I know that title sounds paranoid (or possibly insane) but I swear it’s true! As some background, this is another story of arbitrarily enforced workplace rules gone astray. No matter how well-intentioned, the problem with arbitrary rules is their inflexibility. At some point, a circumstance will occur that results in an unintended negative consequence of the rule but because the rule is arbitrary there is no ability to make concessions.
In this case, the arbitrary rule revolves around my workplace’s gung-ho attitude toward being as “green” as possible. I’ve detailed some of these policies in the past (using rainwater, massive recycling programme) but this is a new one. The toilets have motion sensors that automatically shut off the lights if they detect no motion after a set period of time (it seems to be set at about ten minutes.)
This would obviously not be something you’d even notice in a highly trafficked toilet. Not an issue for Alan Jones in other words. But I’ve recently moved desks to a half-empty section and as a result, the nearby toilet doesn’t see a lot of business. Often when I go into this toilet the lights are off and they switch on as I enter and trigger the motion detector. Noticing this had prompted me to wonder how long it took them to switch off. One day I found out.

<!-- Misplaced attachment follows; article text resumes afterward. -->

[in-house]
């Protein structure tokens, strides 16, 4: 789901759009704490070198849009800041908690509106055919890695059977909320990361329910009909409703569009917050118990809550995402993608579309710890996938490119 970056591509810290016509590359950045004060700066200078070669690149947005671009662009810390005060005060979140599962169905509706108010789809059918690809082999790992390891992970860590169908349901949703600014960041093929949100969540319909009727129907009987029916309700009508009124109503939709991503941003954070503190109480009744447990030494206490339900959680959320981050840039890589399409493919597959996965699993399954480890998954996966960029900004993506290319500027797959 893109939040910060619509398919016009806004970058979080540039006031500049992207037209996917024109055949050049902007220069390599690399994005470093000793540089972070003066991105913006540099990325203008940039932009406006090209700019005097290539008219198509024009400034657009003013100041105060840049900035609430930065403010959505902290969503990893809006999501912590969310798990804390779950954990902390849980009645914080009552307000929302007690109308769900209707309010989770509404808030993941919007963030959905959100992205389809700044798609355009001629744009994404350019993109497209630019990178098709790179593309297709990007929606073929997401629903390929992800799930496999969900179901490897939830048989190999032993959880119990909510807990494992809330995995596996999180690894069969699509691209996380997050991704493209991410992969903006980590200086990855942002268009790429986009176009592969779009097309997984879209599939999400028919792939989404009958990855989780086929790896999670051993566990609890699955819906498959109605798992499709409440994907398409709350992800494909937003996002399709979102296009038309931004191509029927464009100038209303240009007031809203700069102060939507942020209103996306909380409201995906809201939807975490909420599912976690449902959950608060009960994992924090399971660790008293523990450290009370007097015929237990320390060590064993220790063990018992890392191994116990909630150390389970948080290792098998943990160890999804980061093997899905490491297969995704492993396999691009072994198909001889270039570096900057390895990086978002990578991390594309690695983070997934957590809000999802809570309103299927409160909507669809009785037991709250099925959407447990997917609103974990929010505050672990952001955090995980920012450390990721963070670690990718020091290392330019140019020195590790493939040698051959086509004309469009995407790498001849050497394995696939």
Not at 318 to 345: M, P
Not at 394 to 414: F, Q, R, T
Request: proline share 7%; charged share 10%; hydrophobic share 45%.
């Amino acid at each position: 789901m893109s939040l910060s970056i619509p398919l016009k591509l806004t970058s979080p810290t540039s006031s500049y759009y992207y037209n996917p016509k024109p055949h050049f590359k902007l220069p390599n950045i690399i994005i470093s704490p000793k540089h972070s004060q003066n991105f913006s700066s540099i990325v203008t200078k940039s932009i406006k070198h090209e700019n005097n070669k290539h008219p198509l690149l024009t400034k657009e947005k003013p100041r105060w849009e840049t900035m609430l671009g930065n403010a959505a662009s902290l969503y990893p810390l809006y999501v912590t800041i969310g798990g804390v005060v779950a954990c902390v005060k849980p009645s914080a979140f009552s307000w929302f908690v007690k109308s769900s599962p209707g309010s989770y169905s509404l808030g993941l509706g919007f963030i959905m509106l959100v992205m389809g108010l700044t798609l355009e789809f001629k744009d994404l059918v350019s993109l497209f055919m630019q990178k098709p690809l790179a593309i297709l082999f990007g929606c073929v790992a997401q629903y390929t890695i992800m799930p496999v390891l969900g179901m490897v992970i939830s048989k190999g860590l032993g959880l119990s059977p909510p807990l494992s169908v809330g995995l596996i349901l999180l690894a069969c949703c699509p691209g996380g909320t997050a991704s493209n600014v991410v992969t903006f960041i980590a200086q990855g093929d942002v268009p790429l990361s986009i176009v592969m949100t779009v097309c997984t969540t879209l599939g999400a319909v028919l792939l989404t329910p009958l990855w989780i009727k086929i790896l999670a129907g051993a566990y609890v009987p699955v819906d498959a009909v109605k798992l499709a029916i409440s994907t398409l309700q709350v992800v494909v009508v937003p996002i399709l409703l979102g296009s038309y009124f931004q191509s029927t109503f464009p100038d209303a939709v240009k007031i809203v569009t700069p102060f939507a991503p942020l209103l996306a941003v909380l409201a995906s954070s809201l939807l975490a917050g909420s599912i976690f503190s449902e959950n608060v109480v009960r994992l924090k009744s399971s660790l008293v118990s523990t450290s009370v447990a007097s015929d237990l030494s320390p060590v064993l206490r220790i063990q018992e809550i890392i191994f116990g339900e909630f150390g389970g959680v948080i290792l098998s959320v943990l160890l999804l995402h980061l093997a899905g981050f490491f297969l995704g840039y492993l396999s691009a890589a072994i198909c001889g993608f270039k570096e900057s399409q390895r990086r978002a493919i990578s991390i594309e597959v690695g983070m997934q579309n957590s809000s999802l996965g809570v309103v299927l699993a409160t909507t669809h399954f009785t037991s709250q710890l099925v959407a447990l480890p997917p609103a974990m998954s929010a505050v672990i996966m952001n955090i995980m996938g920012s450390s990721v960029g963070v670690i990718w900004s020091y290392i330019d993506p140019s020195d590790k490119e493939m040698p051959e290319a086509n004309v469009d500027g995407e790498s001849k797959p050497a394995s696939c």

It was a weird experience because, not surprisingly, the toilet is windowless so when the lights went out I was plunged into pitch darkness without warning. And I soon discovered the motion sensor wasn’t point to the cubicle because I stood up and waved my arms around all to no avail. I won’t go into detail of my status in the cubicle to avoid grossing anyone out. OK, a little detail: I wasn’t even taking a crap, I was pretty much hiding in there – taking a break and playing games on my mobile phone.
So, possibly, the sensor was right to give me a “hey you, get out of here,” message. It did strike me at this point that being caught out this way if you were suffering from either extreme end of the ablutions spectrum (diarrhea or constipation) would be a pretty awful and possibly embarrassing experience. Awful for the obvious reasons and embarrassing if someone came in, the lights switched on then they saw someone was actually in the cubicle. In the dark. Who knows what they would think?
And so I’m going to be stuck with this arbitrary rule because this is hardly the sort of setting you could question. How would you do that? Calling the amenities people and saying you think the timer setting is too short would go something like this:
Me: The auto timer in the toilets is set to switch the lights off too soon.
Amenities Person: How do you know?
AP: It’s set for ten minutes, did it switch off when you were in there?
AP: How often would that happen to someone?
Me: I dialled the wrong number, I meant to report a computer fault. Bye!
I’ve avoided it up to now but I have to say it: this light timer gives me the shits.